Coastal women suffering in salt water!
Pinky Akter : Sharmin Akter’s house is in the Noor Nagar Union of Shyam Nagar Upazila. She was still in her twenties and her family gave her a child marriage but it didn’t last long. Sharmin said various problems including rashes, ringworm, excessive hair loss, and high blood pressure in her body had a negative impact on her married life. Upazila Health Complex showed no benefit in this problem.
There are many other women with tragic life stories like Sharmin Akhter. Talking to 50 women in this village, it is known that about 43 women are suffering from various skin diseases, high blood pressure, post-abortion complications, and uterine complications.
Various skin and uterine-related problems are having a negative impact on women’s married life.
Going to several Upazilas including Asashuni, Debhata, Shyamnagar, and Kalaroa of Satkhira district, it is seen that the women of these villages are mostly suffering from various menstrual problems, abnormal hair loss, various types of skin rash, itching, and other skin diseases. And these issues are affecting their family life. Most of the women in these villages are abandoned by their husbands, the divorce rate is on the rise, family conflicts and women’s lives are becoming precarious. And 80 percent of these women are between 16 and 38.
Fatema Khatun of Gabura, No. 9 Sora village of Shyam Nagar Union, is 38 years old and has three children. Fatema Khatun was suffering from itching and pain in her uterus for a long time. After treatment, the uterus was surgically removed at a local clinic.
And his disease has a negative impact on his married life. He said that due to Fatema’s illness, her husband left her. With three children, Fatima now lives a precarious life where poverty strikes.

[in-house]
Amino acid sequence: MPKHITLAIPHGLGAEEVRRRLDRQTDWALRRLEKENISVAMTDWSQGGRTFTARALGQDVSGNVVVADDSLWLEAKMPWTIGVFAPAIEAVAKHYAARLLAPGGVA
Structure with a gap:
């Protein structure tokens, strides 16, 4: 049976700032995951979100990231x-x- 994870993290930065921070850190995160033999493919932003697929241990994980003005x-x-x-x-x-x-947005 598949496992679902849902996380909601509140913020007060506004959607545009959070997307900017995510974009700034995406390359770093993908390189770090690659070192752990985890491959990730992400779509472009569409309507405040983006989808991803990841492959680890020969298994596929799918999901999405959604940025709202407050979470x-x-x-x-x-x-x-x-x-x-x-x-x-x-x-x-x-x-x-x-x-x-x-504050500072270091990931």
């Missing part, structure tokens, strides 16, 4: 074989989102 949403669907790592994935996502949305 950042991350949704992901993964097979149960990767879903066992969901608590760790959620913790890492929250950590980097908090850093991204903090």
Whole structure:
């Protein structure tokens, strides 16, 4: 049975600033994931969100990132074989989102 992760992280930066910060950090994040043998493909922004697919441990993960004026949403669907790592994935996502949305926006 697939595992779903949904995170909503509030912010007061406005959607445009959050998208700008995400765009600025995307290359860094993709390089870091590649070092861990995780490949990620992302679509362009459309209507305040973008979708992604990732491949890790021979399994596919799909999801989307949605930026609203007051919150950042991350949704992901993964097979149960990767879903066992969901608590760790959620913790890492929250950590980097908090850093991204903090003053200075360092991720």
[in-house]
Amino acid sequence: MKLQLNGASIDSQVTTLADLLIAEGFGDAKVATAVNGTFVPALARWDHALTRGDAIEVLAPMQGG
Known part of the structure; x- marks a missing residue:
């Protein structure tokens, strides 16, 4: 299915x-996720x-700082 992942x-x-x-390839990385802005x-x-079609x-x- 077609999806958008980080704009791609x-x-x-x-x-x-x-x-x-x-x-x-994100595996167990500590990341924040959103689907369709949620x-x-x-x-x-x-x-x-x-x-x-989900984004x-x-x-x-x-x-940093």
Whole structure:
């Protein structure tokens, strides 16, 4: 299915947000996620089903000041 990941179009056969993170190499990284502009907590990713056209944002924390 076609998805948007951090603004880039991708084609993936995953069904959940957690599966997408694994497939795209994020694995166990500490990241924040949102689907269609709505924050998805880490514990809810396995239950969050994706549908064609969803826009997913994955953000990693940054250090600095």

Asma said that since childhood, she had various types of itching, burning in urination, and discharge problems, but as time went by, the problem increased and so her family married her at the age of 15.
The number of women in Upazila health complexes is more. Women of different ages, starting from puberty, bring with them different physical problems. Shyam Nagar Upazila Health Complex Medical Officer Disease Control Doctor Md. Milon Hossain said that the number of female patients here is high, women suffering from various skin diseases come with menstrual and uterine problems. Most of these women work in shrimp cages and catch fish for their livelihood and they also use old dirty clothes. during their periods which causes various diseases including uterine infection. He further informed us that in this regard, we advise patients to drink pure water, and use sanitary pads along with medicines.
Most of women use dirty old clothes during menstruation because they cannot afford sanitary pads.
However, since most families in coastal villages are poor, women cannot afford sanitary pads and are forced to wash the same cloth over and over again during menstruation. At the same time, most of the people on the coast are deprived of drinking clean water because the price of the jar of water sold in the market is very high, which is not possible every day.
According to the preliminary report of the National Hygiene Baseline Survey conducted by the Government of Bangladesh and ICDDRB in 2014, more than 80 percent of women and girls in Bangladesh use old clothes during their periods.
Project Director of Bangabandhu Sheikh Mujib Medical University, National Cervical Mouth and Breast Cancer Diagnosis and Training Center Professor Dr. Ashrafunnesa said that 99% of cervical cancer is caused by infection with a type of virus called human papilloma. Women are more affected by cervical cancer due to many reasons including child marriage, childbearing under 18 years of age, multiple children, frequent childbearing, lack of personal hygiene, and malnutrition.
According to another study published in 2019, women and adolescents in the southern coastal region wash and reuse menstrual clothes in salt water. In this way, repeated washing of menstrual clothes in salt water and repeated use of such clothes puts women’s health at risk. And it is sometimes responsible for skin diseases and other sexual problems.